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Torturous Crime Rattles Community, Trail of Devastation Left by Suspect Desperately Fleeing Relentless Manhunt

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Police converged in force on the tiny, unincorporated community of Wolf Creek in southwest Oregon the night of Jan. 26 as they hunted for a suspect who was wanted for kidnapping and torturing a woman nearly to death — and who had previously been convicted of a similar crime in Nevada.

Five days later, Benjamin Obadiah Foster was dead, finally located by police hiding in the crawlspace under a house in nearby Grants Pass, the same home where his victim had been found unconscious and bound a week earlier.

In the interim, Foster entered another home and killed two strangers, leaving a gruesome scene as he evaded one of the biggest manhunts in the state in recent memory, police said Wednesday.

In 2019, he held his then-girlfriend captive for two weeks in her Las Vegas apartment while torturing her. Police said he broke seven of her ribs, blackened both her eyes, choked her to the point of unconsciousness and forced her to eat lye before she managed to escape.

Foster already had a suspended jail sentence on a concealed weapons charge and was awaiting trial in another domestic violence case.

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Two months after he cut a deal with prosecutors and was sentenced to one to 2 1/2 years, he was set free on Oct. 21, 2021, the same day he was transferred to a Nevada state prison.

A Nevada corrections official said Foster was released because the judge credited him with 729 days of pre-sentencing jail time.

Fifteen months later Foster, a 36-year-old bartender, was in a relationship with a woman in Grants Pass.

On Jan. 24, her friend grew concerned because she hadn’t been seen for several days. The friend went to the woman’s house, where she was found beaten to unconsciousness, bound and near death.

The woman remained hospitalized in critical condition Wednesday.

The case rattled Grants Pass, a town of 40,000 that has seen high unemployment and poverty rates and public safety layoffs with the decline of the timber industry. Police said they were bringing all their resources to bear to find Foster.

“We are laser-focused on capturing this man and bringing him to justice,” Police Chief Warren Hensman said during a news conference Jan. 26. “This is an all-hands-on-deck operation.”

That same night, Grants Pass police, sheriff’s deputies, an Oregon State Police SWAT team and federal agents carried out the raid in Wolf Creek, set amid forested mountains with traffic on Interstate 5 zooming past nearby.

Agents seized Foster’s car, which he had driven over an embankment in an apparent effort to hide it, and arrested a 68-year-old woman for hindering prosecution.

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But Foster had vanished.

Investigators believed he had help fleeing the area. The next day, police announced that he was using dating apps to find people who could help him avoid the police or to find new victims. Authorities offered a $2,500 reward for Foster and set up a tip line.

One call came from a cab company saying a man had requested a taxi from Sunny Valley, just south of Wolf Creek, Hensman said Wednesday. Police went around checking area homes to ensure residents were all right.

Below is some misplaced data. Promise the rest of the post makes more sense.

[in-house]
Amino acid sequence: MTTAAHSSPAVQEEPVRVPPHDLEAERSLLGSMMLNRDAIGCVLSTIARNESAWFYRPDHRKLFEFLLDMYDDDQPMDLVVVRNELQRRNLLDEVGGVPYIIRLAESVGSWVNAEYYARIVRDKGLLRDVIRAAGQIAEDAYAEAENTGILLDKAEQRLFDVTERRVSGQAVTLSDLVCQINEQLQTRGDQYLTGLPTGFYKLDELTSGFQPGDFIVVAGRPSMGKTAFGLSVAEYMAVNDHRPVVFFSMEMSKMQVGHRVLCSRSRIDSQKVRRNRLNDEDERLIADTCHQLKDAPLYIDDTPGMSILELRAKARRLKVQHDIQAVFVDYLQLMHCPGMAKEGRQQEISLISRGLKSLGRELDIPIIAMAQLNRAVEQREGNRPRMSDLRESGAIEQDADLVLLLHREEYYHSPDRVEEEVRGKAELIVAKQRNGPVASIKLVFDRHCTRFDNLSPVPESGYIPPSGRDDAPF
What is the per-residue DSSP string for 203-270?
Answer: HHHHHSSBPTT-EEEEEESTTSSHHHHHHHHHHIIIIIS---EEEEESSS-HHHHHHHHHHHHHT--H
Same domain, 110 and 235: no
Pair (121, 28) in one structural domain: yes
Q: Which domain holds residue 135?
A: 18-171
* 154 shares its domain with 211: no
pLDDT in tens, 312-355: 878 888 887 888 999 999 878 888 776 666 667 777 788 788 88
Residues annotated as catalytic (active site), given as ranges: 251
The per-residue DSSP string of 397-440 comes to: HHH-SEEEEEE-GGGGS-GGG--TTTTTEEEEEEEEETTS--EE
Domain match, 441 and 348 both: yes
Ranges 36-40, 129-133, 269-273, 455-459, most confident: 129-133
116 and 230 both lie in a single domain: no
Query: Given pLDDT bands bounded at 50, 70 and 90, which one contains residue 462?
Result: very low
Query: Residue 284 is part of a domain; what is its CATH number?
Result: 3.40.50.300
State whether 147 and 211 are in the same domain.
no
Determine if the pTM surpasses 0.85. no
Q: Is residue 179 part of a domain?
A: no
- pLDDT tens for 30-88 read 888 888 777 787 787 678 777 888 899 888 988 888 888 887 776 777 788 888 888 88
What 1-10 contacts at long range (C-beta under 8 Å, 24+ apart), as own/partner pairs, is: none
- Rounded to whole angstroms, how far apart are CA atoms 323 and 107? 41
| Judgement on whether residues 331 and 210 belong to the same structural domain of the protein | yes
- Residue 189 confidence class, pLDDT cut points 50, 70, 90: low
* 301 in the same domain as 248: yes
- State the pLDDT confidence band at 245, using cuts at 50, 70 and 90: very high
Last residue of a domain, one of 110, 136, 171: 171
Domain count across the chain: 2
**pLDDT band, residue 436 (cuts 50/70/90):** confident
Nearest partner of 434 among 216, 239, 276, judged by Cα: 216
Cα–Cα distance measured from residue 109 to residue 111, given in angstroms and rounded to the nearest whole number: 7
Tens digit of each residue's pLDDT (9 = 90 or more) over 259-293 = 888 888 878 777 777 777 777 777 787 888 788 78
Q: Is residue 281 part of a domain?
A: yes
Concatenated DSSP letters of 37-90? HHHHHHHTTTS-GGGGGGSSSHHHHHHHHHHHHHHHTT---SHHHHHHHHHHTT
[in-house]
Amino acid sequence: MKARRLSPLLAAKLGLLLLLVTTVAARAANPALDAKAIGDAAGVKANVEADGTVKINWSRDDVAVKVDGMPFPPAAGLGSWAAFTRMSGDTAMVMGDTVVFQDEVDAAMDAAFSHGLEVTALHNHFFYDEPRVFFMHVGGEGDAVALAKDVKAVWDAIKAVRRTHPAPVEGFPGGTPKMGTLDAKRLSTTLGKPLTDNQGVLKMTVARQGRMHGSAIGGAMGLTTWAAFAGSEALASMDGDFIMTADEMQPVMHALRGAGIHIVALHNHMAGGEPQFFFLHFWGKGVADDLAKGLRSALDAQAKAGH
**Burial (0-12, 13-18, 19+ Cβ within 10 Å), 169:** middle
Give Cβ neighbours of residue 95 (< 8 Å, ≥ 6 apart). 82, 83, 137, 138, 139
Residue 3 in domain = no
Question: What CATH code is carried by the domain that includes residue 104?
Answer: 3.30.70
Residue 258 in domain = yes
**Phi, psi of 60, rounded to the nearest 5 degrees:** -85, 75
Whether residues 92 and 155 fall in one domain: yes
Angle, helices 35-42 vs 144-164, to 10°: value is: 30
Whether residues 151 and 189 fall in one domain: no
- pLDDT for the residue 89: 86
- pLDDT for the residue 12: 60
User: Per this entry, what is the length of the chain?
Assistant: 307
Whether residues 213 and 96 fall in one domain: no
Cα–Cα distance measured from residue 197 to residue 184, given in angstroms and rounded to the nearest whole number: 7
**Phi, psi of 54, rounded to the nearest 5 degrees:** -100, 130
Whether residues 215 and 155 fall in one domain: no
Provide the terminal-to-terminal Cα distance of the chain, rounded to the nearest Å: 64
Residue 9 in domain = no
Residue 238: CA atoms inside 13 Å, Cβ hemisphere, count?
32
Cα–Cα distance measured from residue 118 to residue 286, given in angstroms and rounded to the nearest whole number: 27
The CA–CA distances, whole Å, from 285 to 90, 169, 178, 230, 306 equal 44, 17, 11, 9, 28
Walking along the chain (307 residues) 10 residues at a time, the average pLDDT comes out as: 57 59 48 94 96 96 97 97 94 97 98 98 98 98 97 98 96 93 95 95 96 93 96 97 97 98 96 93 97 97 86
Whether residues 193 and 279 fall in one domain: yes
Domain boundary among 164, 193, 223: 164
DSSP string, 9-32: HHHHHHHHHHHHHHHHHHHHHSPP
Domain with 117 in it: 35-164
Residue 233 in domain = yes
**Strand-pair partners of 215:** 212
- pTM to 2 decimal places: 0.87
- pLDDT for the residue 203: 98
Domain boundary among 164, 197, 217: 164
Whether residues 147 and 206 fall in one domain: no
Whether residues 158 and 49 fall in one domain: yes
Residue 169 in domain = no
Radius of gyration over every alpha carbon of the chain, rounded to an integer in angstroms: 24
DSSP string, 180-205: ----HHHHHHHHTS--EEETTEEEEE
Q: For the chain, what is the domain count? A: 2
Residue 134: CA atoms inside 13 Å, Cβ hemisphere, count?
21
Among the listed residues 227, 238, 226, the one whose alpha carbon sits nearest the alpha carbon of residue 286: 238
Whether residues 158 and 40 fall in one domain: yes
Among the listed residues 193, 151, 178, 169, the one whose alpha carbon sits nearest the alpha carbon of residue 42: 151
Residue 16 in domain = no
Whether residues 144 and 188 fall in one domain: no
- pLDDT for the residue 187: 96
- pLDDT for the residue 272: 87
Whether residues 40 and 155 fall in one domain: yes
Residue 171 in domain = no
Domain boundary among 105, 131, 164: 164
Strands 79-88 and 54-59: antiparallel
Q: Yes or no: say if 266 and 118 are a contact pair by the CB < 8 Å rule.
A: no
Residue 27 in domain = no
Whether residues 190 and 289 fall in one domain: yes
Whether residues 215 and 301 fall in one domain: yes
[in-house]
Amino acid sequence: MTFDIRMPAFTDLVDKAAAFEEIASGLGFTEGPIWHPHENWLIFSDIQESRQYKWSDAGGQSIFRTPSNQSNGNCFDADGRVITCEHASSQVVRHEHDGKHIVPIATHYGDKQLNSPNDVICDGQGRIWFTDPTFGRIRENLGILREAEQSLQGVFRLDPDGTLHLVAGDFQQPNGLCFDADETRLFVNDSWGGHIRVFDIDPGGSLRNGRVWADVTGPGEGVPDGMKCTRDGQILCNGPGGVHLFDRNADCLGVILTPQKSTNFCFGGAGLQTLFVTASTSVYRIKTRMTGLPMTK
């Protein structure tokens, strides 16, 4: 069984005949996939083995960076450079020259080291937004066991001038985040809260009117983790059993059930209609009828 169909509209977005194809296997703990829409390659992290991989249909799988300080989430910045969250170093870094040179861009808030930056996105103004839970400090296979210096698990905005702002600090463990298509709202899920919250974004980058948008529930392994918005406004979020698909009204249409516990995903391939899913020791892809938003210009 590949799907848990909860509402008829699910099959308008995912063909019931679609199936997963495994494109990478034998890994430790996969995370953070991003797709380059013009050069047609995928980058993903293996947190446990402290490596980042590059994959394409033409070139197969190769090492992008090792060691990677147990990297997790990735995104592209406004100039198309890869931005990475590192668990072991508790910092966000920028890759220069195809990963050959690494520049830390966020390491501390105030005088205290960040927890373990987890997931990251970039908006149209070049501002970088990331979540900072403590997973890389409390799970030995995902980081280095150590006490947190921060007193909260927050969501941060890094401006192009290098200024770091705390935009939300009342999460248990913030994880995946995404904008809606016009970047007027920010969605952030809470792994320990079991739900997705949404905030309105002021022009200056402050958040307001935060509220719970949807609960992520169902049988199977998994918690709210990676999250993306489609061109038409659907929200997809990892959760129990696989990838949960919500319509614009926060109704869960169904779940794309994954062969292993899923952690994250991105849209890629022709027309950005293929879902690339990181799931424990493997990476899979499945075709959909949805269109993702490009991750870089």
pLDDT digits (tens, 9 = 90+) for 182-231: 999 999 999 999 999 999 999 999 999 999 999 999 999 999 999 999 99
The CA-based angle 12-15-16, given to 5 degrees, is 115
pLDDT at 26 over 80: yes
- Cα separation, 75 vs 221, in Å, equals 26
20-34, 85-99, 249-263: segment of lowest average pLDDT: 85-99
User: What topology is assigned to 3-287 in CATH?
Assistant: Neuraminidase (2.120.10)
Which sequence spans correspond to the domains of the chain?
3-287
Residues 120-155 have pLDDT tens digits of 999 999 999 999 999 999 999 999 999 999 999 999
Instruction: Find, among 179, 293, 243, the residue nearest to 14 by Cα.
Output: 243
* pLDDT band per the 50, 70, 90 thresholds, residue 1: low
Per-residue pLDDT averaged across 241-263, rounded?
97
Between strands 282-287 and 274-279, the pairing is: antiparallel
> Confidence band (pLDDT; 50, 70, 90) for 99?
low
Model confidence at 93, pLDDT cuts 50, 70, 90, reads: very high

But through the window of one house, they saw what appeared to be a crime scene. They entered and found the bodies of Richard Lee Barron Jr. and Donald Owen Griffith, who were killed sometime between Monday afternoon and Tuesday morning and died of blunt force trauma, according to Oregon State Police Capt. Kyle Kennedy.

“It’s a brutal scene, unfortunately, that we’re processing,” Kennedy said. There’s no indication that Foster knew Barron or Griffith, who lived together, before the killings.

Several items were taken, as well as the men’s dog.

On Tuesday, Foster was spotted 20 miles to the south in Grants Pass — with the dog.

Law enforcement officers wearing helmets and bulletproof vests rushed to the neighborhood with rifles and at least one armored vehicle. They searched the nearby house where they had found the woman the previous week. It was a nerve-wracking situation, according to the police chief.

“While we’re deploying teams to secure the residence, we also have to take into account what this man just did — he brutally murdered two innocents in Sunny Valley, and we didn’t know when he was going to stop,” Hensman said. Area residents were told to shelter in place.

Officers searched the house and didn’t initially find anyone, but then they sent a sheriff’s department robot to the crawlspace and found signs Foster was burrowed deep underneath the home. His presence was confirmed by a camera. The fugitive had water and other supplies stashed there, apparently in hopes he could wait out the police presence undetected.

The officers expected a gunfight, but instead Foster shot himself in the head, according to Hensman.

Police moved in and found Foster unconscious, wedged under the house and holding a .45-caliber pistol. Officers had to cut into the floorboards to extract him.

Foster was taken to a hospital, where he died Tuesday night.

“This was a long and arduous task,” Hensman said. “It ended with Benjamin Foster taking his own life.”

The Western Journal has reviewed this Associated Press story and may have altered it prior to publication to ensure that it meets our editorial standards.

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